Purchase this article with an account.
Laurence Thelen, Roger Watt; The Ebbinghaus Illusion as a function of age: complete psychometric functions. Journal of Vision 2010;10(7):487. doi: 10.1167/10.7.487.
Download citation file:
© ARVO (1962-2015); The Authors (2016-present)
In the Ebbinghaus illusion the visually perceived size of circles is affected by contrast with the size of neighbouring circles. Children under 6 years are thought to show little or no illusion. We have collected data for groups of children of ages 4 to 9. Each participant was shown a series of images of a pair of target circles: one target circle was surrounded by larger circles; the other by smaller. The relative size of the two target circles was varied and participants were asked which was the larger circle. The proportion of trials when the target circle surrounded by the larger circles was selected, was plotted as a function of target cirlce size. Normally, one would take the point where this function crossed 50% to be a measure of the illusion. However, we have found that participants up to age 6 have a tendency to report on a proportion of trials the target circle surrounded by the larger ones, irrespective of the size of the target circle itself. This suggests visual crowding in these age groups: the occasional intrusion of surround circles into the judgement. When one allows for this, then there is no further difference between any age groups and adults.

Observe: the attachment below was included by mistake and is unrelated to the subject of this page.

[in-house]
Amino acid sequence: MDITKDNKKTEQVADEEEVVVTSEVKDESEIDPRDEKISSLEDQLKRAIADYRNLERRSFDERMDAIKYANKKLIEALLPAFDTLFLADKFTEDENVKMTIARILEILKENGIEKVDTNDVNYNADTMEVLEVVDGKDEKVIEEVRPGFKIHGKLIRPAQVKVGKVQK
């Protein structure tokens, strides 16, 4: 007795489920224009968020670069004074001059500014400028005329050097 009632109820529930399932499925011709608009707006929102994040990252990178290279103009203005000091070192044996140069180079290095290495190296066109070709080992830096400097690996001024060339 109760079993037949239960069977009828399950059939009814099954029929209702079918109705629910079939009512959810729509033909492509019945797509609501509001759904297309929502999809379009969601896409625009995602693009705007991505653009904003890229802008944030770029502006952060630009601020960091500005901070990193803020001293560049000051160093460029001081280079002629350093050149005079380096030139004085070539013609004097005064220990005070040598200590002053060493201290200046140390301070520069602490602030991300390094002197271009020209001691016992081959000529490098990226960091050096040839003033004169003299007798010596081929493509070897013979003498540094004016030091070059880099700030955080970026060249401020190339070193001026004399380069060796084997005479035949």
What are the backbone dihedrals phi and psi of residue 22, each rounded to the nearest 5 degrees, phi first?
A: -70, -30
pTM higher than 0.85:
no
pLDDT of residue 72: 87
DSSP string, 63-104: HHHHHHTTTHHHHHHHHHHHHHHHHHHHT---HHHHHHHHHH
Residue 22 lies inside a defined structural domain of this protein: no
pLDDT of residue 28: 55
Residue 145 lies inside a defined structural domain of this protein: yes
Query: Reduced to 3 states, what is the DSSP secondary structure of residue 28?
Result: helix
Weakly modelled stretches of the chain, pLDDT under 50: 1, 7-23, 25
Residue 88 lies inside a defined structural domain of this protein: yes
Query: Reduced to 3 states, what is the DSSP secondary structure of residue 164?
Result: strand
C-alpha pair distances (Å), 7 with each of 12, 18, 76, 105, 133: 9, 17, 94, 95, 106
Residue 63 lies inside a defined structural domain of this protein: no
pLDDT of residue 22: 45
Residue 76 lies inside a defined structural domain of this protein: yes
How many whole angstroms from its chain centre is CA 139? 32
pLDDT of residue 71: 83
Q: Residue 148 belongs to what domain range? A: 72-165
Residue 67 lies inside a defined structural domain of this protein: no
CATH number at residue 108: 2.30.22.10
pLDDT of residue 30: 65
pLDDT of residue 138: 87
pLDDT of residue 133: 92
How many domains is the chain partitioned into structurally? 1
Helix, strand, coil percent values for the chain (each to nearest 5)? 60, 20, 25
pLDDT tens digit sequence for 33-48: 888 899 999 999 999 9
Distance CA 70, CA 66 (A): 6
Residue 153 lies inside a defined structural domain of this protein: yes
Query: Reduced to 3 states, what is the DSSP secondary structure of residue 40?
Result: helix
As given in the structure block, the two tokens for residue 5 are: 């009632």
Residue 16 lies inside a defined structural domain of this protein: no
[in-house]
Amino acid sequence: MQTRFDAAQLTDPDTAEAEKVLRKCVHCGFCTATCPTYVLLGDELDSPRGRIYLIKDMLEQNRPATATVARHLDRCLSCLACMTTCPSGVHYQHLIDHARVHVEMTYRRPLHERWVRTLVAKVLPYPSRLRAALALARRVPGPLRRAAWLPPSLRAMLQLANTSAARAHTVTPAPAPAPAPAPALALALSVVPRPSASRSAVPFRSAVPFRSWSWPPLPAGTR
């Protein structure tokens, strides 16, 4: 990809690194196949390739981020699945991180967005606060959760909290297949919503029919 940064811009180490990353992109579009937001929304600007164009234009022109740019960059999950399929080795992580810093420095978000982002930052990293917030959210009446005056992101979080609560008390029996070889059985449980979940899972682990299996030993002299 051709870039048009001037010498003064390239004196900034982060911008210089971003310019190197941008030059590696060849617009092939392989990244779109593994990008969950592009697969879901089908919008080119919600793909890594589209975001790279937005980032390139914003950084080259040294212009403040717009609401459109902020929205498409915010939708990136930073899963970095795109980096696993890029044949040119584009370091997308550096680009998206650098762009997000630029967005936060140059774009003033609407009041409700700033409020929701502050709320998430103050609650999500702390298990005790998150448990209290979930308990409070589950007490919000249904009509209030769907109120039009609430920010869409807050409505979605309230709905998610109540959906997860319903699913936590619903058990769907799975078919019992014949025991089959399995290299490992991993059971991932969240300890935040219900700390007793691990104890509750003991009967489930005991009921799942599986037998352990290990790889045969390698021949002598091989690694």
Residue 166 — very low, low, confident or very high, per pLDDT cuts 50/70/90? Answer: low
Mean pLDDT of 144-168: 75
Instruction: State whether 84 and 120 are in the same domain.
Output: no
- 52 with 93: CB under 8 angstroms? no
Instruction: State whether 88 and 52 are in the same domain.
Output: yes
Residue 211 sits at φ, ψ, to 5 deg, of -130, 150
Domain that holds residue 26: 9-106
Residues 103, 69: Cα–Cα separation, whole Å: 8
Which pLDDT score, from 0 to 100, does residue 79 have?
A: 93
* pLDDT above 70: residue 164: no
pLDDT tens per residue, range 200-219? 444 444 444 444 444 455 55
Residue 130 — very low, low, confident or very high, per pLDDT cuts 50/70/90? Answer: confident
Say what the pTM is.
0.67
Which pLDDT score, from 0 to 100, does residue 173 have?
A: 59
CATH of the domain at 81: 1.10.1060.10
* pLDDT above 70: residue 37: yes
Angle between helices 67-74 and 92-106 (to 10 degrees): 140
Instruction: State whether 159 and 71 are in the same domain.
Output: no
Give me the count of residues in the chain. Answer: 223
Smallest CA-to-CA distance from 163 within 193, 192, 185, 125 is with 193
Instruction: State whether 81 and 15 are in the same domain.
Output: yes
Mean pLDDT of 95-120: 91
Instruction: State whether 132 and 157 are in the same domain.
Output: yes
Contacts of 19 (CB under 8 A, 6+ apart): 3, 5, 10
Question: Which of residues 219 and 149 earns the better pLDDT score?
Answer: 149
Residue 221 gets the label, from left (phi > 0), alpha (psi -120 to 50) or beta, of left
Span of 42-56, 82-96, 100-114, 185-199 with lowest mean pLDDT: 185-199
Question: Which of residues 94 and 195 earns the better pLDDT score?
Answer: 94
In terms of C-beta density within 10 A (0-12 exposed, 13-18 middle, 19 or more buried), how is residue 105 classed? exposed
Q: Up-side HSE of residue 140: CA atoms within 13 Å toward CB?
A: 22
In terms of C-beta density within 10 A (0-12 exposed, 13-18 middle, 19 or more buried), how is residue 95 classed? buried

This PDF is available to Subscribers Only